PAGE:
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Editorial: North Korea should stop reckless provocation

North Korea has once again launched a ballistic missile toward the Sea of Japan. The secluded state apparently is attempting to keep Japan and the United States, which agreed at their recent summit meeting to adopt a tough stance toward Pyongyang's nuclear weapons and missile development programs, in check.

    Prime Minister Shinzo Abe issued a joint statement with U.S. President Donald Trump in Florida on Feb. 11, condemning North Korea for its latest missile launch. It was appropriate that the two leaders send a unified message on the matter to North Korea as well as the international community.

    North Korean leader Kim Jong Un should immediately stop his reckless provocation that only contributes to crises in the world.

    In their summit meeting, Prime Minister Abe and President Trump demanded that North Korea abandon its nuclear weapons and missile development programs and agreed on the importance of cooperation between their two countries plus South Korea in dealing with Pyongyang.

    Tokyo, Washington and Seoul requested that the U.N. Security Council (UNSC) convene an emergency meeting to respond to North Korea's provocative act. Pyongyang's launch of the ballistic missile clearly violates a UNSC resolution. Therefore, the council needs to adopt a tough stance toward the country.

    North Korea has claimed that the missile was produced by extending the range of a submarine-launched ballistic missile the country launched in August 2016, and carried a solid-fuel rocket engine with a large output.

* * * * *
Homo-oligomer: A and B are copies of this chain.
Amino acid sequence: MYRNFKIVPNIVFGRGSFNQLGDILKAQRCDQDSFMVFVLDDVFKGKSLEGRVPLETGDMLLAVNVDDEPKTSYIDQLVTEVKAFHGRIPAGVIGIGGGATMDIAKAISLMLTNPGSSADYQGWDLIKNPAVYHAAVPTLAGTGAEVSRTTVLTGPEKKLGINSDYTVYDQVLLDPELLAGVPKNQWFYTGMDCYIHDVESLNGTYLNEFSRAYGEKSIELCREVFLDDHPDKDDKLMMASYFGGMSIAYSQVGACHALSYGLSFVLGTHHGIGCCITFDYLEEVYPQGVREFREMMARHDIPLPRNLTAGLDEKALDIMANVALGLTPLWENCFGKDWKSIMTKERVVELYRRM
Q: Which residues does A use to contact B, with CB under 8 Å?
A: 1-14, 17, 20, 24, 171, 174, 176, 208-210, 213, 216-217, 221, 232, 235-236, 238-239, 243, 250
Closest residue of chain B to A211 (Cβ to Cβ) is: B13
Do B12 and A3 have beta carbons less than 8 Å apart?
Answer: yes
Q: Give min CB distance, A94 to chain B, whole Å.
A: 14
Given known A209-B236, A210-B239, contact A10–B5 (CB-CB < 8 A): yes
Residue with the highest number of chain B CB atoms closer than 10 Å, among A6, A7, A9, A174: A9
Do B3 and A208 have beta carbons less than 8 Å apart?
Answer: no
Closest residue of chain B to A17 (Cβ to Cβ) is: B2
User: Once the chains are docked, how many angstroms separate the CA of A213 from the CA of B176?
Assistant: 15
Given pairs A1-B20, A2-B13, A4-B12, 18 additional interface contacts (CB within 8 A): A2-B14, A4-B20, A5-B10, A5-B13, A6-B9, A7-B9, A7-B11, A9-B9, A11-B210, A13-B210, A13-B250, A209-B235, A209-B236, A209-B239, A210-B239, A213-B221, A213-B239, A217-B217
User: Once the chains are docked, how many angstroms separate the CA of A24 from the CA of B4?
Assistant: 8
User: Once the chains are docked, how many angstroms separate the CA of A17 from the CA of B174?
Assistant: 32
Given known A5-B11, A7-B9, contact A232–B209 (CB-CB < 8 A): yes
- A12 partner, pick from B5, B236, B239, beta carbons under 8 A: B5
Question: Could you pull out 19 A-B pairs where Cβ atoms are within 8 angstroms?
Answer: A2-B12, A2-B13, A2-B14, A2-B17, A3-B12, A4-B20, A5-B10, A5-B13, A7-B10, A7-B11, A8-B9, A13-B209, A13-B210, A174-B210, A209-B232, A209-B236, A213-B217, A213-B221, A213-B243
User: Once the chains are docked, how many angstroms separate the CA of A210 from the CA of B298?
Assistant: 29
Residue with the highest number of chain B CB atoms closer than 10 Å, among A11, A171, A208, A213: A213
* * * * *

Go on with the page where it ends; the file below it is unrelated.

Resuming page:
Pyongyang has indicated since the beginning of this year that it will test-fire an inter-continental ballistic missile (ICBM) targeting the U.S mainland. There is a possibility that the engine used for the missile North Korea launched recently was developed for an ICBM. If North Korea is to complete a long-range ballistic missile with a solid-fuel engine that can be launched after little preparation, the threat that North Korea poses to the world would heighten to a further alarming level.

    When the U.S. administration of President Barack Obama was inaugurated eight years ago, then North Korean leader Kim Jong Il's regime test-fired a long-range ballistic missile and conducted a nuclear test. These moves were apparently aimed at deliberately creating a critical situation and convincing new U.S. administrations of the need to sit at the negotiation able with Pyongyang. There are fears that North Korea will escalate its provocation on the occasion of a U.S.-South Korea joint military exercise in South Korea next month.

    The Trump government will spend the next several months on firming up its policy toward North Korea. What is important is to resolutely demonstrate its will to never tolerate North Korea's development of nuclear weapons and missiles.

    A peaceful solution to the issue cannot be achieved unless Japan, the United States and South Korea and other countries join hands, even with China and Russia, to pressure North Korea. Amid such efforts, the United States should exercise strong leadership power.

    The previous Obama government made a mistake when it adopted a passive stance toward North Korea. Over the past eight years, North Korea has steadily improved its nuclear and missile technologies. It is obviously only a matter of time before Pyongyang will complete development of its ICBM, posing a direct threat to the U.S. mainland.

    The Japanese government should also join hands with South Korea, with which Tokyo shares interests, in urging the Trump government to have a sense of crisis over the North Korean situation.

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